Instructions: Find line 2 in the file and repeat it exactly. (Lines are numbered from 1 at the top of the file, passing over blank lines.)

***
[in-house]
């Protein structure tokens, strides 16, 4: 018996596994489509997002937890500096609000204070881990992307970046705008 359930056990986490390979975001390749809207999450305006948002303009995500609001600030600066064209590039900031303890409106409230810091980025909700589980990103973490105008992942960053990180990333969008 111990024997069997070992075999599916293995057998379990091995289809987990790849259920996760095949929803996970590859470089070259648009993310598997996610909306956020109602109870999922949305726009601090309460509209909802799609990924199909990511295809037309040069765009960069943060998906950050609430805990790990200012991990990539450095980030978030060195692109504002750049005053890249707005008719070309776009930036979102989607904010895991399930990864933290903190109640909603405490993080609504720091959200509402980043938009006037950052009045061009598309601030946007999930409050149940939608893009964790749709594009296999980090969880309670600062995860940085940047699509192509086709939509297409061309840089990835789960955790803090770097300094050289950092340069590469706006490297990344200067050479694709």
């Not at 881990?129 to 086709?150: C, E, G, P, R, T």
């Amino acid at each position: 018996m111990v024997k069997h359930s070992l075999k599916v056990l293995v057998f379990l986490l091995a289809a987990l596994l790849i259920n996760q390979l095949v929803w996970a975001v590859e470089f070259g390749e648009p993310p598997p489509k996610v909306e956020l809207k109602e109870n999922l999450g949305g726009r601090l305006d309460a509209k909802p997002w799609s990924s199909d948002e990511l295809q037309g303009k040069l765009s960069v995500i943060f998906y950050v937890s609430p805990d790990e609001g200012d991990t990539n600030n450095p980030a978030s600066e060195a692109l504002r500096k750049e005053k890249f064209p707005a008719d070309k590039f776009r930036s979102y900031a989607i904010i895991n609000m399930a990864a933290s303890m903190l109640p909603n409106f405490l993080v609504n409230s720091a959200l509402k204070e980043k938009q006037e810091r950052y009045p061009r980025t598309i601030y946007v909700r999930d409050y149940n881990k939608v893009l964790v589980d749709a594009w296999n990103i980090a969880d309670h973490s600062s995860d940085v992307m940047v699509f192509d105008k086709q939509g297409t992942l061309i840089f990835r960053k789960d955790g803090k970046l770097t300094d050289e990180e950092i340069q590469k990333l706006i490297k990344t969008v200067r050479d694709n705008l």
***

């Protein structure tokens, strides 16, 4: 018996596994489509997002937890500096609000204070881990992307970046705008 359930056990986490390979975001390749809207999450305006948002303009995500609001600030600066064209590039900031303890409106409230810091980025909700589980990103973490105008992942960053990180990333969008 111990024997069997070992075999599916293995057998379990091995289809987990790849259920996760095949929803996970590859470089070259648009993310598997996610909306956020109602109870999922949305726009601090309460509209909802799609990924199909990511295809037309040069765009960069943060998906950050609430805990790990200012991990990539450095980030978030060195692109504002750049005053890249707005008719070309776009930036979102989607904010895991399930990864933290903190109640909603405490993080609504720091959200509402980043938009006037950052009045061009598309601030946007999930409050149940939608893009964790749709594009296999980090969880309670600062995860940085940047699509192509086709939509297409061309840089990835789960955790803090770097300094050289950092340069590469706006490297990344200067050479694709």